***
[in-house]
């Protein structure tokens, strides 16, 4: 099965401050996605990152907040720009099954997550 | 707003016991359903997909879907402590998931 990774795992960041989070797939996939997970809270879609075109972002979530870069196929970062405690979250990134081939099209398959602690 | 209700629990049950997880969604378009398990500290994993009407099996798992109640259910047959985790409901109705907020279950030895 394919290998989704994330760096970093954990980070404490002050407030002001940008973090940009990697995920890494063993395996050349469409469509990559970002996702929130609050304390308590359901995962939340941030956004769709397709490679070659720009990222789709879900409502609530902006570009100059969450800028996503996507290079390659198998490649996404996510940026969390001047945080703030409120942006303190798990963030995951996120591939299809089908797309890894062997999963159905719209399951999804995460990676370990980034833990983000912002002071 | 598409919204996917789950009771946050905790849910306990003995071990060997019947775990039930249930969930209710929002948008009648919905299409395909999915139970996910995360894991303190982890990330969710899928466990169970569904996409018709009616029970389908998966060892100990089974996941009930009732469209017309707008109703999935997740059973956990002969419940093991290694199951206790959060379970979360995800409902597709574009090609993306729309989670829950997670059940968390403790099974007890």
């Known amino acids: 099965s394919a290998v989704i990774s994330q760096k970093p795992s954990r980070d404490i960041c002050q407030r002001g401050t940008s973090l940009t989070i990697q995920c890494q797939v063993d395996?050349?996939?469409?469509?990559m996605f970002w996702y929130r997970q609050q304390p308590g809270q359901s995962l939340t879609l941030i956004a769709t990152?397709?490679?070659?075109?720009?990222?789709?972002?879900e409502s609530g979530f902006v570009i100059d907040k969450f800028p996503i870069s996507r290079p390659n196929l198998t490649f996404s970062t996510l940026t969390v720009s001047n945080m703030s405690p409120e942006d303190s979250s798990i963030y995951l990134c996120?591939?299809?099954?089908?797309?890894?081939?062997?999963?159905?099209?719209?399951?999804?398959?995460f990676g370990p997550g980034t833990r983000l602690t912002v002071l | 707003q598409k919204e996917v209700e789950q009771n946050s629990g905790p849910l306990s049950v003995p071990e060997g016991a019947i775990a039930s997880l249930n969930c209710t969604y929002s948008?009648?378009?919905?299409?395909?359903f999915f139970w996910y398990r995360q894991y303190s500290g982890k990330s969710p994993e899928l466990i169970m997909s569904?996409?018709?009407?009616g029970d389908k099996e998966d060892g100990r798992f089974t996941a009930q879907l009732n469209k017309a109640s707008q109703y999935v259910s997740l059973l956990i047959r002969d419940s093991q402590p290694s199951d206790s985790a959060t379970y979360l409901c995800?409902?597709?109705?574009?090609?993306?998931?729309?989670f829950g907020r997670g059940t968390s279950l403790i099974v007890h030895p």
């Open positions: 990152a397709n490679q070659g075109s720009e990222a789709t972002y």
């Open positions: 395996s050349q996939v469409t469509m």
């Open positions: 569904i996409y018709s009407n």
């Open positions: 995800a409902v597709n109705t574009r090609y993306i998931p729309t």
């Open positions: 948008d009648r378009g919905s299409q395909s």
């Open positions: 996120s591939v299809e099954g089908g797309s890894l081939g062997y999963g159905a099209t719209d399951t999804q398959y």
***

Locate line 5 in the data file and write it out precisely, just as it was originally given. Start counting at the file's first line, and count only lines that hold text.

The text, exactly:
């Open positions: 395996s050349q996939v469409t469509m």